God Is God–and I Often Don’t Like It

I've wanted to read the book "Let's Roll" by Lisa Beamer for quite a few years now and a friend just lent it to me the other week. There was quite a lot in it for me to ponder. This is the section that struck me the hardest…

I had always struggled with the "why" questions in regard to Dad's death. Eventually such questions led me down the road of "It's not fair!" and became a swirling cauldron of anger, bitterness, and resentment deep inside me. I recognized the ugliness of those emotions and didn't want them in my life, but I didn't know what to do about it.

One day I was talking with Dennis Massaro, the director of Wheaton's Office of Christian Outreach, the organization that had arranged our summer mission trip to Indonesia. Somehow the subject turned to the upcoming trial, and I felt the cauldron seething within me. I dumped the whole mess on Dennis, who listened patiently without a word of condemnation.

When I was finally out of words, Dennis calmly said, "You know, Lisa, God knew the hospital they took your dad to wasn't going to have the right equipment to perform that surgery."

I gulped hard, as though I was going to interrupt Dennis, but he paid no attention and kept right on talking. "The Lord knew the first doctor they talked to was going to blow off the situation. At any time, God could have changed the circumstances. He could have healed the hole in your dad's heart. But for whatever reason, he let the natural course of things take place that day."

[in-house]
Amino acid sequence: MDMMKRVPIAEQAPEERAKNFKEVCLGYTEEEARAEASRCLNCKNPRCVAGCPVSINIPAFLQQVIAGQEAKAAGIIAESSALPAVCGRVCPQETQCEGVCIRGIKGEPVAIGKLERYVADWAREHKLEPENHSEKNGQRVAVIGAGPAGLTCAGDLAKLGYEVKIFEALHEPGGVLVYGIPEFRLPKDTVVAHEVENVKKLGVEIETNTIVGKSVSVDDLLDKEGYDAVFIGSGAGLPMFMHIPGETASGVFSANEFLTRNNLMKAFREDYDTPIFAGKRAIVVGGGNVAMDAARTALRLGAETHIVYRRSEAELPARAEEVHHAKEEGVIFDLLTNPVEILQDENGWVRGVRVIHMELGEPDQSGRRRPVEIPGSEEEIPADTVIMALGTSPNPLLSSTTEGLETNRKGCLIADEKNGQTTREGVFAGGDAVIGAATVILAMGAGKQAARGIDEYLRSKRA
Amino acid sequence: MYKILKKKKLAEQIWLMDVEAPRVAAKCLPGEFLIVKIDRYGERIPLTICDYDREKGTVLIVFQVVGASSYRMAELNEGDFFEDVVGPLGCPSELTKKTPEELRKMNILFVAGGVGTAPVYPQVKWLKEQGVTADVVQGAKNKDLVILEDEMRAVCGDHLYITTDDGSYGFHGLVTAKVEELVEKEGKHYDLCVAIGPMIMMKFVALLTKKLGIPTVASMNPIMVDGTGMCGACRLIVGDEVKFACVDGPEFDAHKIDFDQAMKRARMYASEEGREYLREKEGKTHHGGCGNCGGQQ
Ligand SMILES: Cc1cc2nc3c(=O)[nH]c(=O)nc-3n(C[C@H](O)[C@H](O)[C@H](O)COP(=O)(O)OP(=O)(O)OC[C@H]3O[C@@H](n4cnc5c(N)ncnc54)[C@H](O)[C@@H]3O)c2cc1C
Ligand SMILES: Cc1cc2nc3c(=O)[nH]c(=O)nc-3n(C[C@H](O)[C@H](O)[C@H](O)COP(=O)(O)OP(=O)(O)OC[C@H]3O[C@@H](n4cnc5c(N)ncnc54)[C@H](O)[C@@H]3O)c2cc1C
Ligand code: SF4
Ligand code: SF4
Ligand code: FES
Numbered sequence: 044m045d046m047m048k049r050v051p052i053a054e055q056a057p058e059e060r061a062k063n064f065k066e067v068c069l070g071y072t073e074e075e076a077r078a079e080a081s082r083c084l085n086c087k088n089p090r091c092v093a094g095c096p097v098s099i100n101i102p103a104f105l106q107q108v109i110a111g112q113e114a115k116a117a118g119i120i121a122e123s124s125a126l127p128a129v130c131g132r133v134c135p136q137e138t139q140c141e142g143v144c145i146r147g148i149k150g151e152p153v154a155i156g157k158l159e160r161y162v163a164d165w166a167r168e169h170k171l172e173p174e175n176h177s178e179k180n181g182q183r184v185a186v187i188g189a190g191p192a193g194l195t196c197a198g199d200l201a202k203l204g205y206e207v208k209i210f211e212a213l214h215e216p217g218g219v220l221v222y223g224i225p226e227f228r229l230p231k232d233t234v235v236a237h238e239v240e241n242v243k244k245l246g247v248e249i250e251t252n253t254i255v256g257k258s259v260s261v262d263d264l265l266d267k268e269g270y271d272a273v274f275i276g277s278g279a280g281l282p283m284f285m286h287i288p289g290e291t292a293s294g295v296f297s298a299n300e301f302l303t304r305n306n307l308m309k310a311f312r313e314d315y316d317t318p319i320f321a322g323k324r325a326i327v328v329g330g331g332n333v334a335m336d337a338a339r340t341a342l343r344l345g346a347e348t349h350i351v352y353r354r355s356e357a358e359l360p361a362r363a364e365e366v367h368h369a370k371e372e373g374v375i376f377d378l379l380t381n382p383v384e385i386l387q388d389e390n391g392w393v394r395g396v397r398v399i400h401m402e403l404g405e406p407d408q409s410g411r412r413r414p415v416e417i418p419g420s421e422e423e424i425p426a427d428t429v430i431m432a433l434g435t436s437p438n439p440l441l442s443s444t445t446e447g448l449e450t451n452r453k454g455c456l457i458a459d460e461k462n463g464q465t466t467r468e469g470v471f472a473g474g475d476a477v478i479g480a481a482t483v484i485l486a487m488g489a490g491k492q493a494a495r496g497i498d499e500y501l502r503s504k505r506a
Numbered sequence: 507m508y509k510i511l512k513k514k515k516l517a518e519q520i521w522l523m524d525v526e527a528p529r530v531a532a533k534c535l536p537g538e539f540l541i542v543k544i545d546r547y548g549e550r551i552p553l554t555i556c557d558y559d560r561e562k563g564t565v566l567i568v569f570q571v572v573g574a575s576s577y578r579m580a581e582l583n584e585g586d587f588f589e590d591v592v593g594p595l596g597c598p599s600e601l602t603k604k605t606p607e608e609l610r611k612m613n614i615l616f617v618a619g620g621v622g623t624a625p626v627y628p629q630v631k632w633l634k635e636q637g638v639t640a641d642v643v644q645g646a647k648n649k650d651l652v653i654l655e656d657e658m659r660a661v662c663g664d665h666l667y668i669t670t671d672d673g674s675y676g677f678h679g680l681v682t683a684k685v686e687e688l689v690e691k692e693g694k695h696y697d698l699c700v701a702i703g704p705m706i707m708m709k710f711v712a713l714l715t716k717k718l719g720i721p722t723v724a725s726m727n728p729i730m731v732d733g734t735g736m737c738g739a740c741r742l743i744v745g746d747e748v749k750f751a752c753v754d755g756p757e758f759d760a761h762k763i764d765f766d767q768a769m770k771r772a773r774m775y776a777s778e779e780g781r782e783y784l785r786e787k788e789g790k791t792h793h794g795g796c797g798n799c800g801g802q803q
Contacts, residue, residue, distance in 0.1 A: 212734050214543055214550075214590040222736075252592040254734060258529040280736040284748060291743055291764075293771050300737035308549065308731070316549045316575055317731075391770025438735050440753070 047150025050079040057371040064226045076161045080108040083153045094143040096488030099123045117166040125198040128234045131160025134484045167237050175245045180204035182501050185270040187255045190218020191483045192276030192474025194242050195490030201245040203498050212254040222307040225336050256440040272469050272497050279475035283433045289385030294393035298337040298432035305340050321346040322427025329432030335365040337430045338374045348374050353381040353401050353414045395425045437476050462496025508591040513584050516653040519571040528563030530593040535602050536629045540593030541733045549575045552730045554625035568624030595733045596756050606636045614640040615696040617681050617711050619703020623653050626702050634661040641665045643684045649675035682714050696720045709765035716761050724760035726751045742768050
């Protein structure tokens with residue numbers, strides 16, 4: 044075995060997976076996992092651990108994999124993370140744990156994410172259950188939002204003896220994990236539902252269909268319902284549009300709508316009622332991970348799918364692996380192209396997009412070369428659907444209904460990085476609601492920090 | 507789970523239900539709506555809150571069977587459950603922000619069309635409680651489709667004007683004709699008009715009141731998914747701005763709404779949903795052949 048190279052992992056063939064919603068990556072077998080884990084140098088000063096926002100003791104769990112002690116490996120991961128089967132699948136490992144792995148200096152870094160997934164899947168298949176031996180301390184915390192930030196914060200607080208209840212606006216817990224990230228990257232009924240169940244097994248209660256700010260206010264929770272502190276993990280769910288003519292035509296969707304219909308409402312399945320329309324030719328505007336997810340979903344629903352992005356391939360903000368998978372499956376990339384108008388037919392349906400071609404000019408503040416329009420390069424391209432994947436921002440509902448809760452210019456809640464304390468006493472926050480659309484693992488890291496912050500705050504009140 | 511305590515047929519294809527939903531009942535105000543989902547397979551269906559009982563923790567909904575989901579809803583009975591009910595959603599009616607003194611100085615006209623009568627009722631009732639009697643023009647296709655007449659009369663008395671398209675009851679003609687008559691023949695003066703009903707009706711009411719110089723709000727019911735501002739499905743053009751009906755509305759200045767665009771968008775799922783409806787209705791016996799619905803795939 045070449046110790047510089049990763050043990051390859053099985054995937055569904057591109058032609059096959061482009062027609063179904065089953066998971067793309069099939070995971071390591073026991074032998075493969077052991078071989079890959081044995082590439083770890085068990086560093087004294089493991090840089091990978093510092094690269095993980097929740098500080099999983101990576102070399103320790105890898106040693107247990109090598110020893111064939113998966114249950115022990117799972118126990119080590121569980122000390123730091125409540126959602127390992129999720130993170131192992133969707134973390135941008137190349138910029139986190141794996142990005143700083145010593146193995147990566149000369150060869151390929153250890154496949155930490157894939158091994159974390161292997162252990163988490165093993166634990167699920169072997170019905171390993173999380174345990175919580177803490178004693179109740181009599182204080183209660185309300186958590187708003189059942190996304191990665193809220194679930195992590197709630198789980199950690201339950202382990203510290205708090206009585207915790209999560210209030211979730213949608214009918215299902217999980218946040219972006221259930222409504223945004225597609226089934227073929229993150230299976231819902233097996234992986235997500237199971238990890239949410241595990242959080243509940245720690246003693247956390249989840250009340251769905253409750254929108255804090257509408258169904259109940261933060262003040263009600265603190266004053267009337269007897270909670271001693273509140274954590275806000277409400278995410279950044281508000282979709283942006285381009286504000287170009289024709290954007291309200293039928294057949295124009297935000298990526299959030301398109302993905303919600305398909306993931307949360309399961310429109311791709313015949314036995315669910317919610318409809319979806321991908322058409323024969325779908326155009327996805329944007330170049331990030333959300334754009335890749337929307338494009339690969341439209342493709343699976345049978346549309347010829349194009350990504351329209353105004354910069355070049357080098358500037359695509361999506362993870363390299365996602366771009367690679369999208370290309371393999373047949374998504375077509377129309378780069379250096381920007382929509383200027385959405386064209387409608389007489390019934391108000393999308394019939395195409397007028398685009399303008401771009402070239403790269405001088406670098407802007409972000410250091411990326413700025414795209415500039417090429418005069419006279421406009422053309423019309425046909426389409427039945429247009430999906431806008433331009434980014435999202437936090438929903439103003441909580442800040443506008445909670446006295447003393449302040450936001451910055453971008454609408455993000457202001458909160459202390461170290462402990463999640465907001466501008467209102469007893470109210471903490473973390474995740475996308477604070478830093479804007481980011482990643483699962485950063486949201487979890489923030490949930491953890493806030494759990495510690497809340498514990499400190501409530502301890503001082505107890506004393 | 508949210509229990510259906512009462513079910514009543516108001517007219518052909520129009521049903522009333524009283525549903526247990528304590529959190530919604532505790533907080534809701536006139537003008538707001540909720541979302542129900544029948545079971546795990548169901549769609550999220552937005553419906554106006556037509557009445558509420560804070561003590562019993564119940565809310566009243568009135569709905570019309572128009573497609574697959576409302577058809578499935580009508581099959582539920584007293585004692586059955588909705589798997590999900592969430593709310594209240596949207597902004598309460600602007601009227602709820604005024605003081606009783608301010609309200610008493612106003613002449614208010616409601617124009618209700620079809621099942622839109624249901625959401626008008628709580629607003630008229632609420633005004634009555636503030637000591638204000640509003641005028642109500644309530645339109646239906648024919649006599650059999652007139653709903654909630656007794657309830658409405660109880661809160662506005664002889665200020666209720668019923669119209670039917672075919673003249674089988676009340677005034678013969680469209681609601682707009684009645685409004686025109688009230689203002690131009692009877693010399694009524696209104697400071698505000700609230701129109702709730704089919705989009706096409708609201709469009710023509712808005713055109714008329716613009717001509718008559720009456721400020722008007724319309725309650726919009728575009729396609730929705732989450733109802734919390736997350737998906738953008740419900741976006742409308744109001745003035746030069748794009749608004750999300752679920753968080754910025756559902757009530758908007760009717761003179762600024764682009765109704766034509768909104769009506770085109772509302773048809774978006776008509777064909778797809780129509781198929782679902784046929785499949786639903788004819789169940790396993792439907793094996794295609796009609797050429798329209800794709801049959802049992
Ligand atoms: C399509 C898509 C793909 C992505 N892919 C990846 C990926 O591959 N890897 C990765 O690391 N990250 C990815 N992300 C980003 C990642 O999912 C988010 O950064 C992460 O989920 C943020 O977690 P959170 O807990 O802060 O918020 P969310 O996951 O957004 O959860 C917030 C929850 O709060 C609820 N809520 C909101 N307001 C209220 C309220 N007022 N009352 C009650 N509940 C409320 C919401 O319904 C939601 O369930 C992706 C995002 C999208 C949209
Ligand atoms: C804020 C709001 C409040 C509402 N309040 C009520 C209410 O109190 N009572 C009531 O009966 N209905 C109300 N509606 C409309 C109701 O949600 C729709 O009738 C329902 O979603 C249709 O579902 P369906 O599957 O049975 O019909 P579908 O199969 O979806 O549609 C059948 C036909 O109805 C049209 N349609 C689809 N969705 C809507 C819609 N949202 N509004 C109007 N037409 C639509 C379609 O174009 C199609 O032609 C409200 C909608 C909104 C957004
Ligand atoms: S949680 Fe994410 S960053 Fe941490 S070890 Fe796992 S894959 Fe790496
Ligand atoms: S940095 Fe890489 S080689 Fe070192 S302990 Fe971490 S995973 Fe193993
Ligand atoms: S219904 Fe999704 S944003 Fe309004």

I blinked back tears as Dennis continued. "Knowing what the consequences were going to be for your family and for you, he nonetheless allowed it to happen. Maybe it's time for you to accept that."

Dennis's gentle words were a targeted arrow in my heart. I knew he was right. And at the same time I both loved and hated him for telling me the truth. But the truth set me free. (p82-83)

And therein lies my problem: I haven't accepted that…

a) God could have changed the circumstances but…

b) didn't want to yet…

c) that's okay.

Because it's not okay with me. All my kicking and screaming and searching and reading and crying and (little) praying has basically been an attempt to find something I could make peace with–primarily, in this situation and, secondarily, in the last ten years of my life. I've always known that, at the end of the day, God will win the battle–but I'm not giving up without a fight; I'm not submitting blindly. Steve's death put me way past being able to do that.

This excerpt zoomed in on my biggest problem and need. It brought it into a renewed focus and proximity that hasn't left since. I've given it a lot of thought. It's connected into other things that I've been reading and learning. There's definitely a conspiracy here. 😉

Anyway, on the back of all this, the phrase "God is God and I am not" out of a Steven Curtis Chapman song came to mind this afternoon while I was laying on the floor (I have my brother to thank for the education). I eventually got up and Googled it and found the following video on YouTube. Very confronting…


2 Comments (+add yours?)

  1. Krista
    Sep 18, 2009 @ 04:55:43

    I’m sorry for your pain. I pray for you regularly. It really stinks that so often we learn these treasures of lessons in a crucible.


  2. Melanieheather.wordpress.com
    Nov 21, 2009 @ 22:33:08

    Thank you for your honesty! I came to your blog through Natalie (Nyquist) Ference’s blog. Beautiful honesty; thank you.


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